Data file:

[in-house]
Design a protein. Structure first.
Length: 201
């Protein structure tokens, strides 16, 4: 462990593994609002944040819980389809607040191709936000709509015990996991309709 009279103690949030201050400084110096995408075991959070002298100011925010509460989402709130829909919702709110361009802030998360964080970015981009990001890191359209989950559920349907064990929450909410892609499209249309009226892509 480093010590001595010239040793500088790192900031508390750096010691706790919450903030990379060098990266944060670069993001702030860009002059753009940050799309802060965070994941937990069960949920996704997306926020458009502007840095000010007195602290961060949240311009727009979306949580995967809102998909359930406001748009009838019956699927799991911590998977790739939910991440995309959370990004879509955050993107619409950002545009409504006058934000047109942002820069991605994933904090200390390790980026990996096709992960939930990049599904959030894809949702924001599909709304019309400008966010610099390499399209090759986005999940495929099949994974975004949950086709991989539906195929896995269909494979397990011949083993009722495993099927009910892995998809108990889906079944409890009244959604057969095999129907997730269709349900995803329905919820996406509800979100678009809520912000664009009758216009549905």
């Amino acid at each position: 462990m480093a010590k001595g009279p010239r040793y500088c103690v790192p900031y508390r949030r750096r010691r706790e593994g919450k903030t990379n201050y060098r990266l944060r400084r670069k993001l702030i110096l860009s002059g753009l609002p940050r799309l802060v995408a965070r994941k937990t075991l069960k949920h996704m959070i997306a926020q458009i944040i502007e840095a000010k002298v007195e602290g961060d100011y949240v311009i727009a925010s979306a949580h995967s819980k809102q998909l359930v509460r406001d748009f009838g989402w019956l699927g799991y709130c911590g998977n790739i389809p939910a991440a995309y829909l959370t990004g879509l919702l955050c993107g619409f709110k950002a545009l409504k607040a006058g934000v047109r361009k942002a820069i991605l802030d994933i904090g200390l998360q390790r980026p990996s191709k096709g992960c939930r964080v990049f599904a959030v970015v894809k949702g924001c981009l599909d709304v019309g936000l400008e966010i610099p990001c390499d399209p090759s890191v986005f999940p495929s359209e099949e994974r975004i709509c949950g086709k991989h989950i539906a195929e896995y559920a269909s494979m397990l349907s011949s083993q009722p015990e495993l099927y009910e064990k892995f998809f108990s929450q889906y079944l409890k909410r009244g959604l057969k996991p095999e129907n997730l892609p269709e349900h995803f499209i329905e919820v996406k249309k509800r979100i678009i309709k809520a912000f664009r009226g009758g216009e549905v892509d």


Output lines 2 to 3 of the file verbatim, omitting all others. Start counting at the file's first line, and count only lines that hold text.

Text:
Design a protein. Structure first.
Length: 201